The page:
• Apply for a career-related summer internship. If you are successful in getting one, this can give your job prospects a massive boost and the edge over other applicants. Good sites to look at include E4S, Gradcracker, RateMyPlacement and Studentladder.
  • Apply speculatively to companies asking for career-related work experience. This will usually be unpaid, but can be a great way to get a foot in the door of your ideal organisation and real experience of your chosen career. Don’t discount smaller companies either! When approaching companies you will need to be clear on what you are asking for and make sure you send a CV and covering letter. The CES offers bursaries to help cover travel expenses if your work experience is unpaid, so you can still take full benefit of the chance to gain experience.
  • Get a part-time job. Even if it is not related to your future career, you will be able to earn money and still gain transferable skills such as teamwork, communications skills, dealing with people and working under pressure. Try the Kent Union Jobshop or look in your local area if you are going home.
  • Volunteer!!!! This is a great way to get experience and do something worthwhile at the same time. Employers view volunteering extremely positively and if you don’t have any work experience on your CV it can be easier to secure volunteering than a part time job. Try these websites , and .
  • Plan how to maximise your University experience in your second year. Consider joining a University sports team or society, perhaps taking on a committee role. Look into being a student rep for your course, academic school or faculty or a student ambassador.

Don’t forget to make the most of your time off and wow future employers!

Start Developing a Personal Brand, Not Just a CV

What does branding have to do with job-hunting?! A lot actually. It’s all about who you are and where you want to be. Marketing yourself to employers is a skill worth honing during the job application phase. Start building your personal and professional brand from day one. Approaching job seeking as a brand building exercise will help further you career and build a platform on which you can build professional credibility. Here’s how your social media profiles and personal story can impact you finding work.

What’s already out there?

Employers will regularly screen candidates based on what they find online so be clear on what is already out there. Search for your name in search engines and see what they unearth (scary). Remember that society memberships, blog posts, sports clubs, blog comments and old social media profiles may all come up.

  • Have a spring-clean and see whether you can remove anything that doesn’t look great. If you are in charge of a page, you can ask search engines to not index it, so it won’t be found by browsers.
  • If you can’t remove it, create new digital assets like social media posts and profiles that will naturally outrank some of the things you’d rather not promote.
  • Be cautious, or at least mindful, of what your name is associated with online. Especially things that are politically controversial may be detrimental to your future.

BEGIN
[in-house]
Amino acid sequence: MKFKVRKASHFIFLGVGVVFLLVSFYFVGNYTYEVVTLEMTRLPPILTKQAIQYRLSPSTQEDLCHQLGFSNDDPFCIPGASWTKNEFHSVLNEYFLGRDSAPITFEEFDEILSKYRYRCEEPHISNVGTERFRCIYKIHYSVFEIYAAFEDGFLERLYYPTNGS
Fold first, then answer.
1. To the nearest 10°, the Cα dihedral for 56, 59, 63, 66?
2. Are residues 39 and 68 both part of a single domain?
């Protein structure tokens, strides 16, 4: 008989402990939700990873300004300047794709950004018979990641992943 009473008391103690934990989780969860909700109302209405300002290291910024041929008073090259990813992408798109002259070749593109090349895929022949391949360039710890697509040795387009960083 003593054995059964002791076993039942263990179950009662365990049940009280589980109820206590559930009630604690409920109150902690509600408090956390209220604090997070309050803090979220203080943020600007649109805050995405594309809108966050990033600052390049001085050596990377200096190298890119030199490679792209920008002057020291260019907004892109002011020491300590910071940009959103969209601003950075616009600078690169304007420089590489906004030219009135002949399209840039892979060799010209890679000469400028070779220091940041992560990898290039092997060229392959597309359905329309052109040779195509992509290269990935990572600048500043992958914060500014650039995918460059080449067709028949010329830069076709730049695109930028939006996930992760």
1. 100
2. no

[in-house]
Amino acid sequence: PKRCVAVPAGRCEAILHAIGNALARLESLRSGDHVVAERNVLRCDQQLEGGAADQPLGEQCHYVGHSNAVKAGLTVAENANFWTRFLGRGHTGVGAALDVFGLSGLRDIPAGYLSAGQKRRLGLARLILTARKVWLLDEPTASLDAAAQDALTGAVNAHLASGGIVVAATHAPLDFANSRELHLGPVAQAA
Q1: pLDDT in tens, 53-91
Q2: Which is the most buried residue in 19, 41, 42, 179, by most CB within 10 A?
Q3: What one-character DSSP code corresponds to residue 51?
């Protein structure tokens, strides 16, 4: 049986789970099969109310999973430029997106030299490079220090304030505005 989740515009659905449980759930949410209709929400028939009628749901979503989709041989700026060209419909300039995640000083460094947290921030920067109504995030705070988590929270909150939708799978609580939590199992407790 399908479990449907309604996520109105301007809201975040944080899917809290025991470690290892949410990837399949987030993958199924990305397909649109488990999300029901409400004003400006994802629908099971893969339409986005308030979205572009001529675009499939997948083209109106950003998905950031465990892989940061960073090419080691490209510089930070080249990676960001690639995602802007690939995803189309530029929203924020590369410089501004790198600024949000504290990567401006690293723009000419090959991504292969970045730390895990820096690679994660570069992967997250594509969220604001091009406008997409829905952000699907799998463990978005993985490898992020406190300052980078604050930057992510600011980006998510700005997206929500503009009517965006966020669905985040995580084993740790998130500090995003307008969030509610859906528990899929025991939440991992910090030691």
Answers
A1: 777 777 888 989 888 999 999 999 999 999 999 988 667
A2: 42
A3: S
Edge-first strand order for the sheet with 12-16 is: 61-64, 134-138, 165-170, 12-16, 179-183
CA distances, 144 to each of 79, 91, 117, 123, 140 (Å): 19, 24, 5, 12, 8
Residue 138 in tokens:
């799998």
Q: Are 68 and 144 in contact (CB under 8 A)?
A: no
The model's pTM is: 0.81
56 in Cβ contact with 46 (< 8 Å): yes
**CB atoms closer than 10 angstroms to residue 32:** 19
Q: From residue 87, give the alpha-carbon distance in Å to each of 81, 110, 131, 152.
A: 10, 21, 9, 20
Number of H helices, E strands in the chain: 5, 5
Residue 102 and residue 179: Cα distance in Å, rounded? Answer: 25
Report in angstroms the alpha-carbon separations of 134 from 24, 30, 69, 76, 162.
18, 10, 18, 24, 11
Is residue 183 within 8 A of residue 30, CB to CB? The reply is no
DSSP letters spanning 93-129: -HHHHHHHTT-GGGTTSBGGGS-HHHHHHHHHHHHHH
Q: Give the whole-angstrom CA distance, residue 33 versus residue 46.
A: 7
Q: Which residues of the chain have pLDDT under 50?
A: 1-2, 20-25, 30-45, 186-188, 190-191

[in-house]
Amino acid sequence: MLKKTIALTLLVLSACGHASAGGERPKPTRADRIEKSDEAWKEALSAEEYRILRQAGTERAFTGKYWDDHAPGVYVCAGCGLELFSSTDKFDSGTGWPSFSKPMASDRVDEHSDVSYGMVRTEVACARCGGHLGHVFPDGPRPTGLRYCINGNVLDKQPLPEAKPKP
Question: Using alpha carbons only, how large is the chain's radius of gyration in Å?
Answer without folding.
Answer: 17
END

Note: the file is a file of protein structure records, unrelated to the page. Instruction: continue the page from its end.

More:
• Create a positive online trail– write a guest blog for the local charity you work for or offer to be featured on their blog. Employers will be impressed if they see you’ve been involved with the community.

Have a targeted and clear profile on your CV

Maximise a vital marketing opportunity at the top of your CV by having a clear and interesting profile. Your CV’s opening statement should be short, punchy and industry-relevant. It’s your chance to put your spin on your entire experience and future prospects, so devote time to getting it right.

Don’t go with something generic like “Recent History graduate looking for interesting role in a dynamic organisation”. Favour something targeted that cites your specific areas of interest and highlights your strengths like “Analytical and process-driven Chemistry graduate looking for a laboratory technician role with growth potential in the agrochemical industry.”

  • Write different profiles to tailor your CV to specific roles and industries.
  • Make your profile short and punchy, rather than overtly descriptive. One or two sentences is best.
  • Be creative and use humour if the industry and role demand it.
  • Avoid using cliché words recruiters see over and over again.

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I don’t care what my teachers say, I’m gonna be a supermodel

I would firstly like to thank the B-KEW bursary team for allowing me to experience a truly useful and inspiring internship which has kick-started my career within PR.

Debenhams is the UK’s leading multi-channel retail company consisting of many thriving and exciting brands, commanded by its dedicated employees. I was welcomed into the PR team where I supported and shadowed an existing PR assistant in daily duties consisting of: sample management, admin, research, blogger/press communication and pr event co-ordination. This experience heightened and matured my natural flair for communication in a professional environment, building upon my love for team work and event-management.

It was beneficial to observe PR managers and assistant’s dedication and passion to their role. It provided a fantastic basis for me to discuss in future PR job interviews.